Chapter 4-2 Writing on Demand

The kind of exercises my teacher used in class required us to write something, anything, based on a word, phrase, or idea that she’d given us. We also wrote short assignments outside of class that focused on specific literary techniques such as the description of the barn from Gardner’s book, scenes from different points of view, changing tones, all sorts of snippets that I thought I could expand into stories.

Having an endless amount of time outside of class to do the exercises didn’t seem to oil my creative hinges as well as having to write quickly in class. When I first wrote this section, I didn’t have any idea why that was true. Now, I tell my own students that it’s not that easy to turn off your inner editor. Writing quickly within a specific time frame helps.

People in my Fiction Techniques class were lawyers, IT people, Congressional staff, military, and just about any other profession you can think of and everybody had trouble with speed writing. Nobody wanted to read what they had written out-loud either. We’d let our inner child come out to play and we didn’t want anyone to know what the child would do much less what they were like. Once in a while, a student wouldn’t be able to come up with anything at all and the looks on their faces seemed to say, what will they think of me, will they think I have no talent? Or when we had written a page, will they get what I said?

With one piece that I wrote, I could barely get the words out when I was reading because I thought it was so funny but nobody else seemed to half as amused as I was. Humor is a tricky business.

The point was to try and train the child we all had to come out on demand, not just in the middle of the night or once every couple of months. The only other technique that I used to help me learn to write on demand was to write in a journal every day. I had specific books that I used as journals during some semesters but in others I just filled up the notebook I was using for a class with all my thoughts about how I could use what I was learning or ideas that I’d had for stories or books. Having a journal or a notebook that was bound together was a much better way to organize my notes than the scraps of papers I’d been using. Although, when I was someplace without my notebook and I heard a phrase or idea that struck a chord, I still found that a napkin would do.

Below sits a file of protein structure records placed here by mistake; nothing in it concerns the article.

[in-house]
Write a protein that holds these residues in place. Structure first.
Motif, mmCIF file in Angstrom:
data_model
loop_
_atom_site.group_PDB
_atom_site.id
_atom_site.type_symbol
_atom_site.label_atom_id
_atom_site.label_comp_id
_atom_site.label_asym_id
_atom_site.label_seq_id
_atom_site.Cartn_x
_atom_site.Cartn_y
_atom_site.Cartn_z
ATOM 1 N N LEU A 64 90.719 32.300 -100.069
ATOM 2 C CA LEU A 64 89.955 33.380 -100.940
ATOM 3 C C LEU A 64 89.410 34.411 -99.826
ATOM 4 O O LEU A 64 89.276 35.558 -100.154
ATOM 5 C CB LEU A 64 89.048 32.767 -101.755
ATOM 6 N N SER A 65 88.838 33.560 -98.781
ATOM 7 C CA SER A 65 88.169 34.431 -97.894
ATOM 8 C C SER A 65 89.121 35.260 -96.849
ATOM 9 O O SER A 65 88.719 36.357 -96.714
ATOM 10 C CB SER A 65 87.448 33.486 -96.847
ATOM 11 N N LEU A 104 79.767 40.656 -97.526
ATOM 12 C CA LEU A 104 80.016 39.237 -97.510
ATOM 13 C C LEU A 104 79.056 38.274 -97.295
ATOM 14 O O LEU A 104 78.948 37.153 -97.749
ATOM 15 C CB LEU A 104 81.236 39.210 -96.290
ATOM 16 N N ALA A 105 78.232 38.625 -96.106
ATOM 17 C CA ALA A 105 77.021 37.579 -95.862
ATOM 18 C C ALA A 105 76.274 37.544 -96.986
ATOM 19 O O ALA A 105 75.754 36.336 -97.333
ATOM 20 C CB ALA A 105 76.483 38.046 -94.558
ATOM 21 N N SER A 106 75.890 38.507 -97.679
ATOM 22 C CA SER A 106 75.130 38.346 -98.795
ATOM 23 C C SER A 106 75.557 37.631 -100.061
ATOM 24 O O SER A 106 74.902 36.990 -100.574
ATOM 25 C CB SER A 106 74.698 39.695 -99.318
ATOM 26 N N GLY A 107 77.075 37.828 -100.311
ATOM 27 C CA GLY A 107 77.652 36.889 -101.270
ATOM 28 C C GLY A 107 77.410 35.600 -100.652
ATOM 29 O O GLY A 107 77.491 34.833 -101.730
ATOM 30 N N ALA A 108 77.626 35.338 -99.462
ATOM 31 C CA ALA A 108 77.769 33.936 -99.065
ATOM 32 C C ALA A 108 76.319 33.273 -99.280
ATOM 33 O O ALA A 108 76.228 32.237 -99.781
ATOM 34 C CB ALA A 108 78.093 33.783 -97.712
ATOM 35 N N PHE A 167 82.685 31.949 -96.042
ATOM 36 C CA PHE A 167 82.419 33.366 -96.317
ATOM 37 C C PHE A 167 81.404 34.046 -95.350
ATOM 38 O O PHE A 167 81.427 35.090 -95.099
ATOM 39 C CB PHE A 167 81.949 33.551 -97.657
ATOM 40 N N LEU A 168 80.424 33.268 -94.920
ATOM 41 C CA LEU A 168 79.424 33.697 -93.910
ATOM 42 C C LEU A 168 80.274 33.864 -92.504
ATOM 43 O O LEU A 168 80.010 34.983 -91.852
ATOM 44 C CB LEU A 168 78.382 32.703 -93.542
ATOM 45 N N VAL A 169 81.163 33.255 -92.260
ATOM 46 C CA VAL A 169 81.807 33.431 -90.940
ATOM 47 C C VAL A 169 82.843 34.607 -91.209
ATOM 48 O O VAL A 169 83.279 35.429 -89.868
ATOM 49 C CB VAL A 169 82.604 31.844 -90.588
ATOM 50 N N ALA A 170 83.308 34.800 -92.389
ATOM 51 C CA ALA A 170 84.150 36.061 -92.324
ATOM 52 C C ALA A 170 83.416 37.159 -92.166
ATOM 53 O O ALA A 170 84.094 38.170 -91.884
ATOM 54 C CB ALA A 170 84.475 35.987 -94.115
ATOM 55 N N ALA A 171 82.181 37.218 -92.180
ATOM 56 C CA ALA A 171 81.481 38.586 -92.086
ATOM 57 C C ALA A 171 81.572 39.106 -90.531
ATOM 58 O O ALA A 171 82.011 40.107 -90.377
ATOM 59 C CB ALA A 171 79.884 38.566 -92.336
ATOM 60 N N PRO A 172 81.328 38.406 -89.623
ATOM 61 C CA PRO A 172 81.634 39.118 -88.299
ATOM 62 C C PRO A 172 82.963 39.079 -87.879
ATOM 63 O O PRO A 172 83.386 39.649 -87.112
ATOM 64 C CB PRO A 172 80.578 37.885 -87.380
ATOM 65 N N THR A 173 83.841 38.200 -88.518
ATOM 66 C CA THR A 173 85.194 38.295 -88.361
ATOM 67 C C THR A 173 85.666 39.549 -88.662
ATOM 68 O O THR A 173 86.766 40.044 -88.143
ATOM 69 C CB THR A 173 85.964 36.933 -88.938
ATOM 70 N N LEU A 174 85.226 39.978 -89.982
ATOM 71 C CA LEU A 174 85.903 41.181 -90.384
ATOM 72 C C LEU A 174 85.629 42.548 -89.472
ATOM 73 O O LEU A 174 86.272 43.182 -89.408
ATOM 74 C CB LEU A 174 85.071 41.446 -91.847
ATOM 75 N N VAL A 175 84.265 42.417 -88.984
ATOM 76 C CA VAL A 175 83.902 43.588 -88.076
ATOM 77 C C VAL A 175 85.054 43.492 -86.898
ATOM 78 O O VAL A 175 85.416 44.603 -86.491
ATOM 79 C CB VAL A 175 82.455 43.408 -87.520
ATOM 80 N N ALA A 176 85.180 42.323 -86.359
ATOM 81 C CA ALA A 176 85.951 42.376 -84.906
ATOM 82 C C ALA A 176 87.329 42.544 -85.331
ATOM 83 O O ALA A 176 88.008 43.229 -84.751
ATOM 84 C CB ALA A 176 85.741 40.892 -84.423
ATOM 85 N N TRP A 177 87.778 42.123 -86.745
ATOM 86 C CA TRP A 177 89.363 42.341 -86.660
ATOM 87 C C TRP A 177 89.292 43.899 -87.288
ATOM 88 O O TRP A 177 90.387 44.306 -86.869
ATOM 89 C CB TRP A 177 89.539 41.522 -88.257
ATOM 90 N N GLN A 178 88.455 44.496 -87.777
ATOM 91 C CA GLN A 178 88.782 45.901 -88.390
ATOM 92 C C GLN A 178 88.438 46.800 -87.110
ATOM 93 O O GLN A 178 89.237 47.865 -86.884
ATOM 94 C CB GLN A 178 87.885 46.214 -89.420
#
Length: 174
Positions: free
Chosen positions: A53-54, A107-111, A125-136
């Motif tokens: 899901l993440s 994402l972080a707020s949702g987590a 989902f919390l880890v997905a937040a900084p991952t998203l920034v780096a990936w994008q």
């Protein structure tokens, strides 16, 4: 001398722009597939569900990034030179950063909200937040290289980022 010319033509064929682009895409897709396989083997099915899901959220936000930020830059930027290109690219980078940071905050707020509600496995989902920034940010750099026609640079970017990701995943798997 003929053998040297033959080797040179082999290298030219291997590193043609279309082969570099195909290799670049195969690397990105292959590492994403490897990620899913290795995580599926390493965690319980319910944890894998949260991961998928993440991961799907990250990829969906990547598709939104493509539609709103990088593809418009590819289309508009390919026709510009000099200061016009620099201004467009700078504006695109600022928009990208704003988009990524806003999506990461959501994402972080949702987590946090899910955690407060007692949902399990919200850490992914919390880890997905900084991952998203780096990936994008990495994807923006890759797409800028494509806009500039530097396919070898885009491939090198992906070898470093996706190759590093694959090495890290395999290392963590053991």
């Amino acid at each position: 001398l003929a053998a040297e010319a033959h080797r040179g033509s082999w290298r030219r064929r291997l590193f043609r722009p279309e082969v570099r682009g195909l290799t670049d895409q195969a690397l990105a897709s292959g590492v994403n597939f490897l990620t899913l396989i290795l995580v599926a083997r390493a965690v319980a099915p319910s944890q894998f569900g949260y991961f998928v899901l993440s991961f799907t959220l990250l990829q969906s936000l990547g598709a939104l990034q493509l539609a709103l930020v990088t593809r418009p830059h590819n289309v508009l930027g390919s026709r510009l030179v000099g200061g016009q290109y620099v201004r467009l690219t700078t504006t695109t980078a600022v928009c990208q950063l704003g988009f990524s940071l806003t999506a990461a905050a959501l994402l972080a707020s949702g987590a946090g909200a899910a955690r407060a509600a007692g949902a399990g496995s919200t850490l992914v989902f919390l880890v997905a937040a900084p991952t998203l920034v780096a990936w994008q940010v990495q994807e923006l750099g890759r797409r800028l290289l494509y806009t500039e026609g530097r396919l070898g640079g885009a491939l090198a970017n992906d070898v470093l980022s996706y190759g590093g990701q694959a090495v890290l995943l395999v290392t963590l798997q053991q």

For years, I’d kept a box of newspaper clippings and my scraps of paper. During school, I found that it was much easier for me to find an idea in a bound book because I could usually remember the time period or class I was taking when I had the idea and associate it with one of my notebooks or journals. Since I’ve become so addicted to jotting notes down on my computer, that’s where I keep track of most of my ideas now. Rather than just writing down a phrase, I usually write the first couple of pages of the story that I have in mind. Learning to “write on demand” made it possible for me to translate those ideas into a few hundred words.  I haven’t had much trouble with writer’s block since I started writing every day. There are times when I write complete crap but that’s better than breaking my routine.

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About marystojak

Mary Stojak has published numerous short stories, her latest will be published September 28th in Mystery Weekly.
This entry was posted in Graduate Writing Programs, Johns Hopkins University, writing and tagged . Bookmark the permalink.

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